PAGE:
The balance slider simply controls where the midtone range lies. Push it to the left and the midtones will be marked in the darker portions of your scene, and slid to the right it will control lighter tones. This balance is useful to manipulate the boundary between shadows and highlights as it is moved left or right. Since the shadows were already quite overpowering in this scene I moved the balance slider to 14.
Add a Final Curves Adjustment
Just as you would polish a piece of wood to finish it, so too must we finish our photograph to give the desired look. I decided that I wanted to enhance that cinematic, atmospheric effect even further by lifting the darkest sections of my scene so that the shadows were muted, giving it a matte effect.
To do this I scrolled up to the Tone Curve panel and raised the shadows point in the bottom-left of the histogram up slightly, held against the left wall of the graph. This changed the darkest blacks to a more muted gray but it’s important to remember that any change you make to the histogram’s control line will have a knock-on effect throughout the shot. My highlights were a little underwhelming now so I brightened them slightly by dragging the highlights control point in the top-right corner of the box to the left so that the line now fell more or less parallel to the original baseline in the box.
Once you have some experience with the color grading panel in Lightroom it’s relatively straightforward to recreate the orange and teal effect across almost any image. It can be a little tricky to stylize a selection of photographs together though, especially if they have very different lighting. But with a little tweaking and some careful balancing, it can be done quite quickly. Of course, it’s not just the orange/teal effect that color grading is great for, it’s also useful for some fantastic stylized effects for any number of color combinations.
Filmmaker Louie Schwartzberg has been creating timelapses of different fungi over the course of the last 15 years as part of his film Fantastic Fungi. In a video with Wired, he explains how he creates these epic sequences.
Fantastic Fungi is a 2019 film directed by Louie Schwartzberg that has been recently added to Netflix. Schwartzberg describes it as “a consciousness-shifting film” that takes viewers on an immersive journey through time and scale into the wild world of fungus that lives underground and is connected in a network that some argue can heal and save the planet. In it, Schwartzberg shows the vast variety of fungus, from those that are edible to those that kill, and from mushrooms that can clear oil spills to those that help trees communicate.
Through the eyes of renowned scientists and mycologists like Paul Stamets, best-selling authors like Michael Pollan, Eugenia Bone, Andrew Weil and others, we become aware of the beauty, intelligence and solutions that fungi kingdom offers in response to some of our most pressing medical, therapeutic, and environmental challenges.
In an interview with Wired, Schwartzberg reveals that he doesn’t create the sequences in his timelapses in ways that most people expect.
“I think the biggest surprise for people watching the film is that they think it’s all filmed outdoors,” he says. “There are a lot of reasons why you can’t film timelapses of plants and fungi outdoors. Number one: there is wind, which would make the object shake and rattle and look like a Charlie Chaplain movie. Number two: there are bugs and other elements that would interfere with filming.”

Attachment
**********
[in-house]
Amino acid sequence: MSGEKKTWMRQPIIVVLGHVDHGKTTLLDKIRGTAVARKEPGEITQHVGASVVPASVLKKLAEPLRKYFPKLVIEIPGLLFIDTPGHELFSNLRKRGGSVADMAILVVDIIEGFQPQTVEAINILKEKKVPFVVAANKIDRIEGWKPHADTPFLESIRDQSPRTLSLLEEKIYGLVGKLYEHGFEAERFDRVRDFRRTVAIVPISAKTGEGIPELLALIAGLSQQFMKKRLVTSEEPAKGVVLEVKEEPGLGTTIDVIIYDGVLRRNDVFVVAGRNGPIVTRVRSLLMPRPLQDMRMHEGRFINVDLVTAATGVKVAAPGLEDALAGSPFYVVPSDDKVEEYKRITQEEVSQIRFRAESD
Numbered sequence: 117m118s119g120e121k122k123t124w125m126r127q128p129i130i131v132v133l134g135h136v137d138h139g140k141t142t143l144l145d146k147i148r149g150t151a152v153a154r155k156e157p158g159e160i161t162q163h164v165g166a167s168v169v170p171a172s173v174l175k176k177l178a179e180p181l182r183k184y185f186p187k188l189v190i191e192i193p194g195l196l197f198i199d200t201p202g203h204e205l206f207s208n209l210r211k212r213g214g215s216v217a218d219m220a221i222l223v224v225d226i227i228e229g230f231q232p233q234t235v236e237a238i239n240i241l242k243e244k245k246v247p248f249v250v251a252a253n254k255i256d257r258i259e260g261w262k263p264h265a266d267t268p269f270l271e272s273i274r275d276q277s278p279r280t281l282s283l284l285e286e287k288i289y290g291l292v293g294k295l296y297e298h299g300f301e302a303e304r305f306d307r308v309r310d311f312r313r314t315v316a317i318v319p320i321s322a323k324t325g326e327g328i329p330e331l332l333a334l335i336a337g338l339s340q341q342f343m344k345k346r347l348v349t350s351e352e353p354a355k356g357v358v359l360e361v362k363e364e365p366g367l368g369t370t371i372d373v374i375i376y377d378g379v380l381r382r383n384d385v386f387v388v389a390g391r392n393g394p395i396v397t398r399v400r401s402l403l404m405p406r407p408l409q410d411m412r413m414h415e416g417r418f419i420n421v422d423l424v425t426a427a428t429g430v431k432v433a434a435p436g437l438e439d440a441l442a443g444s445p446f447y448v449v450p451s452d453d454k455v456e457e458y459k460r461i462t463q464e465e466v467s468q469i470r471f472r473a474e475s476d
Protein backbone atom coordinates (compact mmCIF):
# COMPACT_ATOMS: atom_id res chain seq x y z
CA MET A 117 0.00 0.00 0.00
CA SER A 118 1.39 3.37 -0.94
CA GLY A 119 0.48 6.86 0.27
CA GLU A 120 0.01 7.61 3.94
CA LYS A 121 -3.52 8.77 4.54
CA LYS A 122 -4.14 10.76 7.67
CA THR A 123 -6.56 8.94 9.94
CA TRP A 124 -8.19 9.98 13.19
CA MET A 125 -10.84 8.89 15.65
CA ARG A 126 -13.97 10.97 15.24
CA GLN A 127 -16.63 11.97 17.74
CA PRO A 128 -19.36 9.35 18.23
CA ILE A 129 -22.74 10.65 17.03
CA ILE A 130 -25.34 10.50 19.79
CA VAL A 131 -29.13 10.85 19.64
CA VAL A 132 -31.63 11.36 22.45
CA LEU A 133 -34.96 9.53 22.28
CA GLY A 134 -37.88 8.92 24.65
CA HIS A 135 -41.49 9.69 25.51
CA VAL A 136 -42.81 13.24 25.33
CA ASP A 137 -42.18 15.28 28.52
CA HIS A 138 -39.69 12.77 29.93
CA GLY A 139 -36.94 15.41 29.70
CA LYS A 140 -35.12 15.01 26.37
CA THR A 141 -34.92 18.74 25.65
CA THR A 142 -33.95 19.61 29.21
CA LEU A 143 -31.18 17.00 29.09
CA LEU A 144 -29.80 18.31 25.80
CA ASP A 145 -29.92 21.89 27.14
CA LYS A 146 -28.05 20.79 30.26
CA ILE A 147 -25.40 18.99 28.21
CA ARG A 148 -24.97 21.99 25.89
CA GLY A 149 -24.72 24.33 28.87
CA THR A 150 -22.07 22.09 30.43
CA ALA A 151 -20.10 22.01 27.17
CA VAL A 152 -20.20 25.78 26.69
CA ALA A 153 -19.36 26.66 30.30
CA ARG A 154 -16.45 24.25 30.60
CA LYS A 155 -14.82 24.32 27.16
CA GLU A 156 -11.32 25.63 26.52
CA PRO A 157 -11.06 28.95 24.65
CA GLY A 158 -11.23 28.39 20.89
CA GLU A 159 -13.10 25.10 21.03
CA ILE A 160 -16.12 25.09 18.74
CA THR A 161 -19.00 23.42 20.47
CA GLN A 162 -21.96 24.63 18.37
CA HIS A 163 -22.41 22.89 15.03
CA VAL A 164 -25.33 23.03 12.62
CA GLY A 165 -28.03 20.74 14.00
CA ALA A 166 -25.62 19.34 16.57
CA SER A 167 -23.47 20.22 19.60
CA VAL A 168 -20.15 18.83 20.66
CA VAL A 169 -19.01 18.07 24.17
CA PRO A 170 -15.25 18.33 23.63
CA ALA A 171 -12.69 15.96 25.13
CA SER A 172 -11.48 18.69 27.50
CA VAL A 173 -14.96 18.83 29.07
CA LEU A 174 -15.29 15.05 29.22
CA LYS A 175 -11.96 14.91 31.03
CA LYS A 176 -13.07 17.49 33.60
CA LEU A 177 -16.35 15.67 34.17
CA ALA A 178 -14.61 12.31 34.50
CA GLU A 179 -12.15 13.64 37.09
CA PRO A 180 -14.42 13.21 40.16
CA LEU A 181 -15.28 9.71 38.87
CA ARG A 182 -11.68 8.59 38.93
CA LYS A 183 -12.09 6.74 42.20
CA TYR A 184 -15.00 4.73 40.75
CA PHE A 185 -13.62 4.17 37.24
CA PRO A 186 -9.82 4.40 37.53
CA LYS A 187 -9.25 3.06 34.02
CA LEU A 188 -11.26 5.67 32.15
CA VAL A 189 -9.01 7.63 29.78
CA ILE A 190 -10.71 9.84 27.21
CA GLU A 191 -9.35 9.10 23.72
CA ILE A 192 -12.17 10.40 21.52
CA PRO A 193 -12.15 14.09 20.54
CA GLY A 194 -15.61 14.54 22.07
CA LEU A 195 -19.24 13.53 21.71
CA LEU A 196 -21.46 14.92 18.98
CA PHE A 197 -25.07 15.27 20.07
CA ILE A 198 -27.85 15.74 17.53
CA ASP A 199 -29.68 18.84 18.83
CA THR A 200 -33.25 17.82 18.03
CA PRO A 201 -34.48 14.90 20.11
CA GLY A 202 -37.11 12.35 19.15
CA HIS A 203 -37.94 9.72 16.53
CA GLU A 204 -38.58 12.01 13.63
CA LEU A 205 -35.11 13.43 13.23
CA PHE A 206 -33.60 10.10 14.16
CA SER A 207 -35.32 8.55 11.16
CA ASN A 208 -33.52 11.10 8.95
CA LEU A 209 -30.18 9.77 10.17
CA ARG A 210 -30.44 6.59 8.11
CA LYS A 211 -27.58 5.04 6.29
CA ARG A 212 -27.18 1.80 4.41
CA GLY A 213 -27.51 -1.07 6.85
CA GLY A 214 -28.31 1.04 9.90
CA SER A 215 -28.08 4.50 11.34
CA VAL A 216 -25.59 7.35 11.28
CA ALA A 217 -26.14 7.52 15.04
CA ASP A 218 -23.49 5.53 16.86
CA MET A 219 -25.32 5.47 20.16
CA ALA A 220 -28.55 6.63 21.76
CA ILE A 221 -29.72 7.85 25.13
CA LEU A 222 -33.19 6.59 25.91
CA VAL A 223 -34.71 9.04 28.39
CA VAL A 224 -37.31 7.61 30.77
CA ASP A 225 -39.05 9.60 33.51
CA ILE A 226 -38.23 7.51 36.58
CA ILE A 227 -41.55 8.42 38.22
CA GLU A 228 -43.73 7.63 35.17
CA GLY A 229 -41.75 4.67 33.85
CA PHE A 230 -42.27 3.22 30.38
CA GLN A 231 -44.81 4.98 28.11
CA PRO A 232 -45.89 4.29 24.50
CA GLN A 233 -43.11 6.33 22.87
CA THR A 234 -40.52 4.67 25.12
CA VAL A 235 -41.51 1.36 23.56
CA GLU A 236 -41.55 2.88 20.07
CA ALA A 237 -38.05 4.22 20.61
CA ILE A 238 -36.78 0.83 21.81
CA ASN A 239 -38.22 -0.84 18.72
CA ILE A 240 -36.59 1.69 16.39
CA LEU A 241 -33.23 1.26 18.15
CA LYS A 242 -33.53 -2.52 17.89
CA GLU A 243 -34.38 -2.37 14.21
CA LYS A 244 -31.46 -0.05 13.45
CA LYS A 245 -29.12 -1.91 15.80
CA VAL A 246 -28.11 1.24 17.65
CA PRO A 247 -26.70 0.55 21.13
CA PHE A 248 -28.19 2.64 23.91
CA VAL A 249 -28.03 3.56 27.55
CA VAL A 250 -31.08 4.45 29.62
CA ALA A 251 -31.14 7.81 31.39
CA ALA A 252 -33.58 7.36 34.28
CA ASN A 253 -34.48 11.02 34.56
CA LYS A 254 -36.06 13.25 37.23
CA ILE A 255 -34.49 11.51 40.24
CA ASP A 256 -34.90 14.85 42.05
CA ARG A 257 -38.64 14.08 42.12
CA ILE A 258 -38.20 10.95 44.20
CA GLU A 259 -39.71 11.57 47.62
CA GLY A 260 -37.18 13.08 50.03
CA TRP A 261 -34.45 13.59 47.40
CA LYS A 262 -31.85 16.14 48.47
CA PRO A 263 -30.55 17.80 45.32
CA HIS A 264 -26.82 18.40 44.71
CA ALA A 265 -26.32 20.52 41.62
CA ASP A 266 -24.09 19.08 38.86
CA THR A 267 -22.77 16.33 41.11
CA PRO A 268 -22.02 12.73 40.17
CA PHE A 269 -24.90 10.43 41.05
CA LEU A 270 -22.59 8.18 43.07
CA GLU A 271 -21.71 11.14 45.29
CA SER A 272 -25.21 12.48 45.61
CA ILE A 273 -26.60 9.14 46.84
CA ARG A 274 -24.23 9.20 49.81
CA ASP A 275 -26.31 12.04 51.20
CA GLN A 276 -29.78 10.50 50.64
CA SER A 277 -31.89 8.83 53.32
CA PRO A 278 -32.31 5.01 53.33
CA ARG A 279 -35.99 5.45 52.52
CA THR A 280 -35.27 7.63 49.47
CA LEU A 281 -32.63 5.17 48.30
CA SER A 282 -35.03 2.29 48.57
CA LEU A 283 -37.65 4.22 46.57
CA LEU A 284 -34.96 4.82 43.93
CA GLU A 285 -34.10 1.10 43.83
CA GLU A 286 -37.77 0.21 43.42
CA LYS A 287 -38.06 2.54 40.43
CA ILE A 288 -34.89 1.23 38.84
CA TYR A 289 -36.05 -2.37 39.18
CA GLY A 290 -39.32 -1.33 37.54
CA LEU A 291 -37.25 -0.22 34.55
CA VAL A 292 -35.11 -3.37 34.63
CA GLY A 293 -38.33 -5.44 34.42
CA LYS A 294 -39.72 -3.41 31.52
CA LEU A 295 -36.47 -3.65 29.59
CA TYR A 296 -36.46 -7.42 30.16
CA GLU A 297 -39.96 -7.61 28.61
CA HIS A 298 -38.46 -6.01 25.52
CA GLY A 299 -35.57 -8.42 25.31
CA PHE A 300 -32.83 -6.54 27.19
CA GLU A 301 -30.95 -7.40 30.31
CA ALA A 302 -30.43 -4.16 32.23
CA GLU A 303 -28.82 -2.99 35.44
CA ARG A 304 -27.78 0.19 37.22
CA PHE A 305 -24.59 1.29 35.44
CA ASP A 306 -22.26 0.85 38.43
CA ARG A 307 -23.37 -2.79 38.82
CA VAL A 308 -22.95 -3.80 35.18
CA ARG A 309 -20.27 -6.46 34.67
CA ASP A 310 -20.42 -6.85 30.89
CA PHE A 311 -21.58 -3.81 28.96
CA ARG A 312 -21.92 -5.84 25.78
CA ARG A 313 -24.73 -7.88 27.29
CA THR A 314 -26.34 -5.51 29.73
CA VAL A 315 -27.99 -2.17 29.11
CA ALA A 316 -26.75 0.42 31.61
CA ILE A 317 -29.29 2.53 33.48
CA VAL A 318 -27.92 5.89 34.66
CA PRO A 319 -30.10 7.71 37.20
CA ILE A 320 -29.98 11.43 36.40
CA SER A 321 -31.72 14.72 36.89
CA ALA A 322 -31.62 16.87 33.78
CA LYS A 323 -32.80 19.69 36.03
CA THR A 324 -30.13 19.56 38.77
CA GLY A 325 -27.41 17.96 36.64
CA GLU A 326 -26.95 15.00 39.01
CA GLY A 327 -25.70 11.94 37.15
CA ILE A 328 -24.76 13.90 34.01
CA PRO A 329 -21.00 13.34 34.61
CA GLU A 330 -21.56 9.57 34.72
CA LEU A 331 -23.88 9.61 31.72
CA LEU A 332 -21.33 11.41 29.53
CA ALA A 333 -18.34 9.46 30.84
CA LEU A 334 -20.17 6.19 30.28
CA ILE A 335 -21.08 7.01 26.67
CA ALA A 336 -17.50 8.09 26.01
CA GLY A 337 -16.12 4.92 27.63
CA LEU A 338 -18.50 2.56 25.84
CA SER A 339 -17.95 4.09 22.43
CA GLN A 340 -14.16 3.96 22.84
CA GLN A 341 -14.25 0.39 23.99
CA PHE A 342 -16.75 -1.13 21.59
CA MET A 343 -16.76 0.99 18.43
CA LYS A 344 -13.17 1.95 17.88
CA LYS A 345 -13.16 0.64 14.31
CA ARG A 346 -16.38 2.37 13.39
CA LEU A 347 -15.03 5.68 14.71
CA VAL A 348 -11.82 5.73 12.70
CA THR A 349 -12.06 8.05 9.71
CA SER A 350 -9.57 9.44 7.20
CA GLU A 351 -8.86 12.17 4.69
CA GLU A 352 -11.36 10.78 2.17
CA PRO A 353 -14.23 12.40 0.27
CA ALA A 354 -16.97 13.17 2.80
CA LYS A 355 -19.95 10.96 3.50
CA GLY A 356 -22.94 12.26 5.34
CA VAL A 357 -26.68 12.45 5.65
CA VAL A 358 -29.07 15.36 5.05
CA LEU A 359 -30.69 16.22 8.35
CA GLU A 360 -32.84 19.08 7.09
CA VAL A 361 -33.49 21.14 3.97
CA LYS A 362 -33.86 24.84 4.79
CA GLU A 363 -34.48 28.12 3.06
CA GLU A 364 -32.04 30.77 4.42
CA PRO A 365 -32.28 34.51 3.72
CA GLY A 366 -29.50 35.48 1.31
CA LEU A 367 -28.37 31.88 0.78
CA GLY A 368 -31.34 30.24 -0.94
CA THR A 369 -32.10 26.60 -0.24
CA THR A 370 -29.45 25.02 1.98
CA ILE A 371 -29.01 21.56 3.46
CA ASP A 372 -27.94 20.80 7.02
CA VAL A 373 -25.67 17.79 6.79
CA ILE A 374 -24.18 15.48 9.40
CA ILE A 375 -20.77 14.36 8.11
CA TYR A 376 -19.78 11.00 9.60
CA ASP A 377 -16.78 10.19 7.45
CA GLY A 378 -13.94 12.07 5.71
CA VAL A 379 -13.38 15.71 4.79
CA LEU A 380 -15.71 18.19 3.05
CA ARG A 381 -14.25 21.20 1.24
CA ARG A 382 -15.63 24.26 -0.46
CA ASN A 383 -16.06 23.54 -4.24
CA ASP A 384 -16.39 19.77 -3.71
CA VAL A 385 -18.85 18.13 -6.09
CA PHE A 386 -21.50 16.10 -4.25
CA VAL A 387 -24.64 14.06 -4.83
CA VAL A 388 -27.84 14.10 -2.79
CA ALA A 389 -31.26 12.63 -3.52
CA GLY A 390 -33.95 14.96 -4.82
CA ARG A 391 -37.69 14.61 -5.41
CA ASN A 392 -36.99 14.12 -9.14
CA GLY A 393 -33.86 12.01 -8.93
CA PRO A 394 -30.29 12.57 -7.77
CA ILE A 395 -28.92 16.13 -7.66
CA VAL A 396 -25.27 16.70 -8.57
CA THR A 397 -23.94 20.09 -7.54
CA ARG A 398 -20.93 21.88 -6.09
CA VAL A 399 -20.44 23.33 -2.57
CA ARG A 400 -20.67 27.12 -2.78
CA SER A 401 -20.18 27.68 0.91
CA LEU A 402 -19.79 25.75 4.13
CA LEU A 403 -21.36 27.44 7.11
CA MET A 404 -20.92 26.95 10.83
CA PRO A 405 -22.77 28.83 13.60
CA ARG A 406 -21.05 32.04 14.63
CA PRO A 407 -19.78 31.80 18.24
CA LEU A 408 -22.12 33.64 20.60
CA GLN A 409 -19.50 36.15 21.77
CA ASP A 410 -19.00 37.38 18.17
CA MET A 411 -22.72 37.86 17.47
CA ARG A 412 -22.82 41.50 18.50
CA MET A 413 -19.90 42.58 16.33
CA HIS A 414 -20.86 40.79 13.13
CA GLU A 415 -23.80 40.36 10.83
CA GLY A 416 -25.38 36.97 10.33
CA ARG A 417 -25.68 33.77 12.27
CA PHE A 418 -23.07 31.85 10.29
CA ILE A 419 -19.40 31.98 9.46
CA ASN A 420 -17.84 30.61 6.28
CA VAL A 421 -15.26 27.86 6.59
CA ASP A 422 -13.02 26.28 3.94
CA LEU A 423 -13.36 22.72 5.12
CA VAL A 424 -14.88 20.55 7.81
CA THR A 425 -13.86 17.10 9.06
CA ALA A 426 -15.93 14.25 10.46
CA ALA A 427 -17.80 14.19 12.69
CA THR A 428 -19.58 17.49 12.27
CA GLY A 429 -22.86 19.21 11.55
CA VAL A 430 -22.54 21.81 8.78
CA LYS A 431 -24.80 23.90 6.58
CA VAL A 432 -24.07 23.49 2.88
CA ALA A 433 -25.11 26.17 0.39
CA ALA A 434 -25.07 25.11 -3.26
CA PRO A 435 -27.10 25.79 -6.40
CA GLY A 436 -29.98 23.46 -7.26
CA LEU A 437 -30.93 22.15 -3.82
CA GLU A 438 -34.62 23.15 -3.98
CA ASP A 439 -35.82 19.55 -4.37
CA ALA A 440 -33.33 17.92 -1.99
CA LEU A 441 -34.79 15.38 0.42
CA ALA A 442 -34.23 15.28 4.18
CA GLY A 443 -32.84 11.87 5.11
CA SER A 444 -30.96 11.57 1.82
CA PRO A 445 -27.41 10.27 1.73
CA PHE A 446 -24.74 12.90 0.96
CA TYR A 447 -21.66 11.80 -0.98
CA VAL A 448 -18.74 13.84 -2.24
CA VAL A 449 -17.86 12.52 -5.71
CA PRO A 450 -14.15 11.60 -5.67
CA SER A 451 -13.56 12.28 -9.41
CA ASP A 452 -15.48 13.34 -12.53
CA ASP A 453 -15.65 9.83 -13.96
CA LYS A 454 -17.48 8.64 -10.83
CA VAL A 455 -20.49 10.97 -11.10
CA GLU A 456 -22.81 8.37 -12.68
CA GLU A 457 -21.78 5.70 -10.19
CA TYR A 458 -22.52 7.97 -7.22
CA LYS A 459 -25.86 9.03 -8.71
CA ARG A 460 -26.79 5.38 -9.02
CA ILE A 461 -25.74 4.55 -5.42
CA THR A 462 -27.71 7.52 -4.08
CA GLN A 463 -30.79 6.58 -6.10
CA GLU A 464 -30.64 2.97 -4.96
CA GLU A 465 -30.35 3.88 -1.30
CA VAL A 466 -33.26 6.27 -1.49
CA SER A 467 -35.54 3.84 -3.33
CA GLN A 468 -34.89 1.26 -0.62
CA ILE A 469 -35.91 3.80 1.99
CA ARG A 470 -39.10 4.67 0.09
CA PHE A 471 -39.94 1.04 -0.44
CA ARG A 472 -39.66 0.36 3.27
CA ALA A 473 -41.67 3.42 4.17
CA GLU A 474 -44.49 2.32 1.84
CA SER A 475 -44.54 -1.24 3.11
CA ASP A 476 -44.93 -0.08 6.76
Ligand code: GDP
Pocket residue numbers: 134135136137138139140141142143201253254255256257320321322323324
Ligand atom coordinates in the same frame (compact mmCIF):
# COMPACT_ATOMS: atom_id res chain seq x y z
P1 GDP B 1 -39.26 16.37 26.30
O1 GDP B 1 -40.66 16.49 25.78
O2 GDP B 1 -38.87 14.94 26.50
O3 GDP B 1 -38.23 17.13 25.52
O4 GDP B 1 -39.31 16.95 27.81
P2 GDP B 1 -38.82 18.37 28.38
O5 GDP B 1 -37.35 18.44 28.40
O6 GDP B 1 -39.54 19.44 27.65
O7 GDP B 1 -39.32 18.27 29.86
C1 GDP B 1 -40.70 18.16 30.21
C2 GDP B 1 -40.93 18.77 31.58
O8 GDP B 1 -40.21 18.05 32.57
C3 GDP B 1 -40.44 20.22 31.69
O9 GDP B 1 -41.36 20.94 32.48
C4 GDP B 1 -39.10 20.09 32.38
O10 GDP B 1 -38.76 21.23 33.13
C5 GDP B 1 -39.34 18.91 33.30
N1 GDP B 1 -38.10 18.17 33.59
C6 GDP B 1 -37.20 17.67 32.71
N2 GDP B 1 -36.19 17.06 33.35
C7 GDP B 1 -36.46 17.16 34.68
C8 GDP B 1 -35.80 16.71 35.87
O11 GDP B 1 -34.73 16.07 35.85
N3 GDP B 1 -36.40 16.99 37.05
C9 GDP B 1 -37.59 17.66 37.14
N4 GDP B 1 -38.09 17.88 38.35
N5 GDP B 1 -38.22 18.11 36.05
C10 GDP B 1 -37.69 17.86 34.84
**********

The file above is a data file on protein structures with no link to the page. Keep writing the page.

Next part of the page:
Schwartzberg says that in order to make his dreamy sequences, the light has to be constant. Outdoors — even during the day — the light fluctuates. In order to fully control his shots, he built a studio on top of his garage. Even in a controlled environment, getting his shots is complex and time-consuming.
“I am shooting one frame every 15 minutes, that means I’m shooting four frames an hour, times 24, is 96 frames. 96 frames is four seconds of film,” he explains.
Schwartzberg has a custom intervalometer that not only triggers his camera but also his grow lights as well as his photo lights, which he uses to create his scenes. He is able to program the lights to mimic different times of day. The reason he needs to have his grow lights connected to the intervalometer is that he needs to simulate a real environment. If the lights are on all the time, for example, the mushrooms will die.
Because the mushrooms are always expanding during their growth, Schwartzberg has to imagine his composition and framing before they rise out of the ground, which complicates the process further.
“I would say roughly the ratio of success to failure is about one out of six, maybe one out of ten,” he says. “It’s extremeluy difficult to do.”
Lens filters are useful for achieving a variety of photographic effects in camera, such as long exposures of moving subjects. But did you know you can achieve the same great results with Photoshop CC?
Neutral density filters are great for darkening the whole of your frame when shooting, either to allow for wider apertures in bright situations or to extend shutter speeds when wanting to shoot long exposures of moving subjects. For example, a 6-stop ND filter might make it possible to shoot a 30-second exposure even while shooting during the day.
But what happens when you stumble across the perfect scene but don’t have your filter with you? Or perhaps you just wish you could put that same long exposure effect on an image you’ve already taken. Luckily for you, it’s relatively simple to do this in Photoshop CC using basic editing techniques you probably already know. So, follow along below to discover how to do it yourself.
1. Select Your Scene